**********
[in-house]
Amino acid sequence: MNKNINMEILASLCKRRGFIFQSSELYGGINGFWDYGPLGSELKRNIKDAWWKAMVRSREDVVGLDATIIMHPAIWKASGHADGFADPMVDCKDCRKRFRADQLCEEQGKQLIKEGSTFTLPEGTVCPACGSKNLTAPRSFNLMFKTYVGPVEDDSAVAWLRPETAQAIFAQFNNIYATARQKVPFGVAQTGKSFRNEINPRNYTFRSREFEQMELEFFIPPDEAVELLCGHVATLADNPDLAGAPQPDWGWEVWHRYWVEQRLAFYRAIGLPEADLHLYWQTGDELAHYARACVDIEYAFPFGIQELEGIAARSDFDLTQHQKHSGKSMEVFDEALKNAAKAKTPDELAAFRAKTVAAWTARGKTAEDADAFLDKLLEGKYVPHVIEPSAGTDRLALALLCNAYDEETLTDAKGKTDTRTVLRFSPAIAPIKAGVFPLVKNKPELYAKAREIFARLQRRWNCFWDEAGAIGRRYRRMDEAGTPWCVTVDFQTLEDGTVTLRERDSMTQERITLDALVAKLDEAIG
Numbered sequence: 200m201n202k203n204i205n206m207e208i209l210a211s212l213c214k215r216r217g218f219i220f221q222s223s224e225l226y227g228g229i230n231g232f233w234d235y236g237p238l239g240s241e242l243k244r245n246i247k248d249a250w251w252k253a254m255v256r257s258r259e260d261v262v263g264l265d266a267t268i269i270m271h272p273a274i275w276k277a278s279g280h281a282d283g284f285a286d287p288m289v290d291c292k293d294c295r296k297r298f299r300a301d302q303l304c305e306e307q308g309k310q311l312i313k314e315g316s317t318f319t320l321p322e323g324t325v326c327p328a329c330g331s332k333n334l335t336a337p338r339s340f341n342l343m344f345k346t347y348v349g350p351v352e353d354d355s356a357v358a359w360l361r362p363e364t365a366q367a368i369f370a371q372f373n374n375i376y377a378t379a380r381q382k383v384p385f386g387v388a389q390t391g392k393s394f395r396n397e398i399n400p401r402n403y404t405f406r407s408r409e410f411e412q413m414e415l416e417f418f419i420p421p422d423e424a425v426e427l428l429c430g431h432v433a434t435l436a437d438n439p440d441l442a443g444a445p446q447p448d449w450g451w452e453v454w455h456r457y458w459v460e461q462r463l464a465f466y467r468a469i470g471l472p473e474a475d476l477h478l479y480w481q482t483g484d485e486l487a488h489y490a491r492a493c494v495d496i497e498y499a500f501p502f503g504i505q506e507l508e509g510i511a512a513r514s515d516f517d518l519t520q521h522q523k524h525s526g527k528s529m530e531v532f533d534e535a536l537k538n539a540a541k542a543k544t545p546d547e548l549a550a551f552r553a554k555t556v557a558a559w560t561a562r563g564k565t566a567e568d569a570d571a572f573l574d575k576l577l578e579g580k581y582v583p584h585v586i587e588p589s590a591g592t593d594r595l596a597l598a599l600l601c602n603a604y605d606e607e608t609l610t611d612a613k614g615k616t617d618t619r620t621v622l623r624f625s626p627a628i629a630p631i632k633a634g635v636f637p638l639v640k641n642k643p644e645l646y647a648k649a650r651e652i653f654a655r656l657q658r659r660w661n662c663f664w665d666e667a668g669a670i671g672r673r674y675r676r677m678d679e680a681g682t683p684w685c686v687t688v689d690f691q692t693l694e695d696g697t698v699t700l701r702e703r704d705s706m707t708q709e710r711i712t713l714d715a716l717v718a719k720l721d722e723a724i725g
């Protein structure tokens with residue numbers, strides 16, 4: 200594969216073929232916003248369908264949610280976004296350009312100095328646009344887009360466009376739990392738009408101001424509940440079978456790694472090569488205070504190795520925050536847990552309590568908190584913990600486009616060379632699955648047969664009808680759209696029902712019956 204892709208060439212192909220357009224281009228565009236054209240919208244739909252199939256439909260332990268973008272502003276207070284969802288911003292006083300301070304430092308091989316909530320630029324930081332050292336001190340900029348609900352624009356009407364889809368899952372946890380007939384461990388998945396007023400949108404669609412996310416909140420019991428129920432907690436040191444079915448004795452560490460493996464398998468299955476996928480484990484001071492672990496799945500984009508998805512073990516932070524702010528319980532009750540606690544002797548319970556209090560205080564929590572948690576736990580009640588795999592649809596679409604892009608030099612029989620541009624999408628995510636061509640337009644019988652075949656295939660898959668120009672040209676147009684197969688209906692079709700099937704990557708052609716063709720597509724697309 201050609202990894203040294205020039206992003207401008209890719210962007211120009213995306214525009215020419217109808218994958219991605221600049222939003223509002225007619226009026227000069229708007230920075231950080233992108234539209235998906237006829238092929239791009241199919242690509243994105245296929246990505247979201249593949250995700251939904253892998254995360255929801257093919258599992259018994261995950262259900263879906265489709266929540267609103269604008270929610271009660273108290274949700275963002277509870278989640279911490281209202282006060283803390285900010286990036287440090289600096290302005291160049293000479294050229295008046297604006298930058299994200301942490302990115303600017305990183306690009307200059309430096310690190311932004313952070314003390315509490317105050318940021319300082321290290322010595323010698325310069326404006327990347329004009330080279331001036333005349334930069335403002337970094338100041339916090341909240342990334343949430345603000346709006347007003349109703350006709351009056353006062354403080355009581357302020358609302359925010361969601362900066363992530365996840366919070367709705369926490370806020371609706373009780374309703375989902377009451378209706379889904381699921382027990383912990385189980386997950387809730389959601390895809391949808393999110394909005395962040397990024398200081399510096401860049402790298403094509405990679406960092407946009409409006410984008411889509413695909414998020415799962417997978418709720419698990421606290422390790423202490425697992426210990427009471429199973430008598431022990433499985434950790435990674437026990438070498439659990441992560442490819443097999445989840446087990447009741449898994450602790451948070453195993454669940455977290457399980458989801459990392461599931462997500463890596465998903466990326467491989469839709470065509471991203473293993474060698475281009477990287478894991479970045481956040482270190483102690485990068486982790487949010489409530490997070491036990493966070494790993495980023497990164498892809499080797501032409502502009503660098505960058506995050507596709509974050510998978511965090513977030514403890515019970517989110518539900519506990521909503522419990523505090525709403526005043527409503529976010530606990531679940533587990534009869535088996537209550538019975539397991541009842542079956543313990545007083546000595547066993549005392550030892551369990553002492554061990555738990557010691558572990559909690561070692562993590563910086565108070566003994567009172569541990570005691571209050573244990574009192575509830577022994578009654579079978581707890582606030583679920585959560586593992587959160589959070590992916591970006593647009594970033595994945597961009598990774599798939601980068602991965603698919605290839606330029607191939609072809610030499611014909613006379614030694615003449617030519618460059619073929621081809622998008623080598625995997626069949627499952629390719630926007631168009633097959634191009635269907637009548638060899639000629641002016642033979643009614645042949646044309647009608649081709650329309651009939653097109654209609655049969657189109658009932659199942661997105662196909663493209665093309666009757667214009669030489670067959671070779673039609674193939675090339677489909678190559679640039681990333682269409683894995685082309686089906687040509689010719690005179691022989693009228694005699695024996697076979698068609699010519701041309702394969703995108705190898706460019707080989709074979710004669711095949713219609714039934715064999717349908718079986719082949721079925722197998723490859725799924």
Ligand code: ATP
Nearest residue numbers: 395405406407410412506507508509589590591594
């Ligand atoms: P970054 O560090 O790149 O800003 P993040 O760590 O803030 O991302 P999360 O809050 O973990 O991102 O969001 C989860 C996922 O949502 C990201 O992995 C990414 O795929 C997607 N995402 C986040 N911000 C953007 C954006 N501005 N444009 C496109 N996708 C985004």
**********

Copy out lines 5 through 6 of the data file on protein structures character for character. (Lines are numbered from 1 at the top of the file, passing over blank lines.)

Ligand code: ATP
Nearest residue numbers: 395405406407410412506507508509589590591594